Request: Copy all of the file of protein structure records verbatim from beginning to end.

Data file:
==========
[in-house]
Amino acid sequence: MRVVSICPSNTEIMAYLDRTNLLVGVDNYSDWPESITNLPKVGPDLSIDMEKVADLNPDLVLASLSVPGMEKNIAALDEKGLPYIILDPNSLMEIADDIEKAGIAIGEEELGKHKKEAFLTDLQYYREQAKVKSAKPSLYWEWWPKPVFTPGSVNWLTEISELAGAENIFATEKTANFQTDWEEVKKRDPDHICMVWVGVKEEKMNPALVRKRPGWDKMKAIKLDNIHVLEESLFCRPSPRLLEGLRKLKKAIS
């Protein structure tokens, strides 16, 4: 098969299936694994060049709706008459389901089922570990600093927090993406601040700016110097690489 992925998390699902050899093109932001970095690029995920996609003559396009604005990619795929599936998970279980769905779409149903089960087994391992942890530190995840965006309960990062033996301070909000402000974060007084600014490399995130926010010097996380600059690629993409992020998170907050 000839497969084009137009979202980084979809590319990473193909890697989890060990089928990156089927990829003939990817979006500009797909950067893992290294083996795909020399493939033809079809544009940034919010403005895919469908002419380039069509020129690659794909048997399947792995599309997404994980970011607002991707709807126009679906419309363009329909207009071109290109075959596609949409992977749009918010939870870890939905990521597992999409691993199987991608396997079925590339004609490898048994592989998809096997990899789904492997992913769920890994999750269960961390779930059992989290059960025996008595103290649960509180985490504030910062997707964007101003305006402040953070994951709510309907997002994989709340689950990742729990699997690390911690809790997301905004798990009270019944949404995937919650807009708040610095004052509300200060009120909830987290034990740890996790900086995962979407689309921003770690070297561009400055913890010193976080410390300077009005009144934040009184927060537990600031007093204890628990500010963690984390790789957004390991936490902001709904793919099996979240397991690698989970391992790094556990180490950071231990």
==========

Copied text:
[in-house]
Amino acid sequence: MRVVSICPSNTEIMAYLDRTNLLVGVDNYSDWPESITNLPKVGPDLSIDMEKVADLNPDLVLASLSVPGMEKNIAALDEKGLPYIILDPNSLMEIADDIEKAGIAIGEEELGKHKKEAFLTDLQYYREQAKVKSAKPSLYWEWWPKPVFTPGSVNWLTEISELAGAENIFATEKTANFQTDWEEVKKRDPDHICMVWVGVKEEKMNPALVRKRPGWDKMKAIKLDNIHVLEESLFCRPSPRLLEGLRKLKKAIS
């Protein structure tokens, strides 16, 4: 098969299936694994060049709706008459389901089922570990600093927090993406601040700016110097690489 992925998390699902050899093109932001970095690029995920996609003559396009604005990619795929599936998970279980769905779409149903089960087994391992942890530190995840965006309960990062033996301070909000402000974060007084600014490399995130926010010097996380600059690629993409992020998170907050 000839497969084009137009979202980084979809590319990473193909890697989890060990089928990156089927990829003939990817979006500009797909950067893992290294083996795909020399493939033809079809544009940034919010403005895919469908002419380039069509020129690659794909048997399947792995599309997404994980970011607002991707709807126009679906419309363009329909207009071109290109075959596609949409992977749009918010939870870890939905990521597992999409691993199987991608396997079925590339004609490898048994592989998809096997990899789904492997992913769920890994999750269960961390779930059992989290059960025996008595103290649960509180985490504030910062997707964007101003305006402040953070994951709510309907997002994989709340689950990742729990699997690390911690809790997301905004798990009270019944949404995937919650807009708040610095004052509300200060009120909830987290034990740890996790900086995962979407689309921003770690070297561009400055913890010193976080410390300077009005009144934040009184927060537990600031007093204890628990500010963690984390790789957004390991936490902001709904793919099996979240397991690698989970391992790094556990180490950071231990």